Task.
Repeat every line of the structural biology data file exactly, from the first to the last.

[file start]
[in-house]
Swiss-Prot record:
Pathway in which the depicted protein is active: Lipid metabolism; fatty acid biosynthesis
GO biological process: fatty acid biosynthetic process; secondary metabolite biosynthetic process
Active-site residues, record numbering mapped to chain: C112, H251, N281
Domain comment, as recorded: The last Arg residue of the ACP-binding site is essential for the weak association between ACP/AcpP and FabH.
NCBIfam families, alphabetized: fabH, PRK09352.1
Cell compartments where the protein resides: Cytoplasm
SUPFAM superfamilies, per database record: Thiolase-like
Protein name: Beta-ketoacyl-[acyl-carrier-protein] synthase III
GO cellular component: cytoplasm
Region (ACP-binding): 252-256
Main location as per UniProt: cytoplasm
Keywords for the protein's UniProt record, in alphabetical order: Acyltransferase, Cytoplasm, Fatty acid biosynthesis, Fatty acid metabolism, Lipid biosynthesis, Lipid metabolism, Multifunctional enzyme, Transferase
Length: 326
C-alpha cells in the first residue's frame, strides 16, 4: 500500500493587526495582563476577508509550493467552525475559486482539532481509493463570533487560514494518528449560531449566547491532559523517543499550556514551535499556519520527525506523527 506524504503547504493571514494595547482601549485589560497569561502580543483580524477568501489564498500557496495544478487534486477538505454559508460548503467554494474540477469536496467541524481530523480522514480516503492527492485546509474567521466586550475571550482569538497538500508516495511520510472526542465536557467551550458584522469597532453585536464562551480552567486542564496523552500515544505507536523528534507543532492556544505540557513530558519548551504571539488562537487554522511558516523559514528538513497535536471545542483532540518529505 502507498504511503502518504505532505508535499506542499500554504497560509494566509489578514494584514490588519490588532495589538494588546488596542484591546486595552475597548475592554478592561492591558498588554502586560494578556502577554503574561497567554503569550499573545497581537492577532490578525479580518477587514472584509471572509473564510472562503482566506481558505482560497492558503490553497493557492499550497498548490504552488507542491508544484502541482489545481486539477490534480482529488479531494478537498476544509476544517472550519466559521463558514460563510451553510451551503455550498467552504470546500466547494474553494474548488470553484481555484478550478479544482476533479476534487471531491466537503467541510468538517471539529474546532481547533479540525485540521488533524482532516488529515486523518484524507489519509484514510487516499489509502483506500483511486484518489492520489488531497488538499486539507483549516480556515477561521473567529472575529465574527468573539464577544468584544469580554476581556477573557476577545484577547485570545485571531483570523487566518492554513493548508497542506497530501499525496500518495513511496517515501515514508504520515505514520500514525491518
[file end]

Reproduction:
[in-house]
Swiss-Prot record:
Pathway in which the depicted protein is active: Lipid metabolism; fatty acid biosynthesis
GO biological process: fatty acid biosynthetic process; secondary metabolite biosynthetic process
Active-site residues, record numbering mapped to chain: C112, H251, N281
Domain comment, as recorded: The last Arg residue of the ACP-binding site is essential for the weak association between ACP/AcpP and FabH.
NCBIfam families, alphabetized: fabH, PRK09352.1
Cell compartments where the protein resides: Cytoplasm
SUPFAM superfamilies, per database record: Thiolase-like
Protein name: Beta-ketoacyl-[acyl-carrier-protein] synthase III
GO cellular component: cytoplasm
Region (ACP-binding): 252-256
Main location as per UniProt: cytoplasm
Keywords for the protein's UniProt record, in alphabetical order: Acyltransferase, Cytoplasm, Fatty acid biosynthesis, Fatty acid metabolism, Lipid biosynthesis, Lipid metabolism, Multifunctional enzyme, Transferase
Length: 326
C-alpha cells in the first residue's frame, strides 16, 4: 500500500493587526495582563476577508509550493467552525475559486482539532481509493463570533487560514494518528449560531449566547491532559523517543499550556514551535499556519520527525506523527 506524504503547504493571514494595547482601549485589560497569561502580543483580524477568501489564498500557496495544478487534486477538505454559508460548503467554494474540477469536496467541524481530523480522514480516503492527492485546509474567521466586550475571550482569538497538500508516495511520510472526542465536557467551550458584522469597532453585536464562551480552567486542564496523552500515544505507536523528534507543532492556544505540557513530558519548551504571539488562537487554522511558516523559514528538513497535536471545542483532540518529505 502507498504511503502518504505532505508535499506542499500554504497560509494566509489578514494584514490588519490588532495589538494588546488596542484591546486595552475597548475592554478592561492591558498588554502586560494578556502577554503574561497567554503569550499573545497581537492577532490578525479580518477587514472584509471572509473564510472562503482566506481558505482560497492558503490553497493557492499550497498548490504552488507542491508544484502541482489545481486539477490534480482529488479531494478537498476544509476544517472550519466559521463558514460563510451553510451551503455550498467552504470546500466547494474553494474548488470553484481555484478550478479544482476533479476534487471531491466537503467541510468538517471539529474546532481547533479540525485540521488533524482532516488529515486523518484524507489519509484514510487516499489509502483506500483511486484518489492520489488531497488538499486539507483549516480556515477561521473567529472575529465574527468573539464577544468584544469580554476581556477573557476577545484577547485570545485571531483570523487566518492554513493548508497542506497530501499525496500518495513511496517515501515514508504520515505514520500514525491518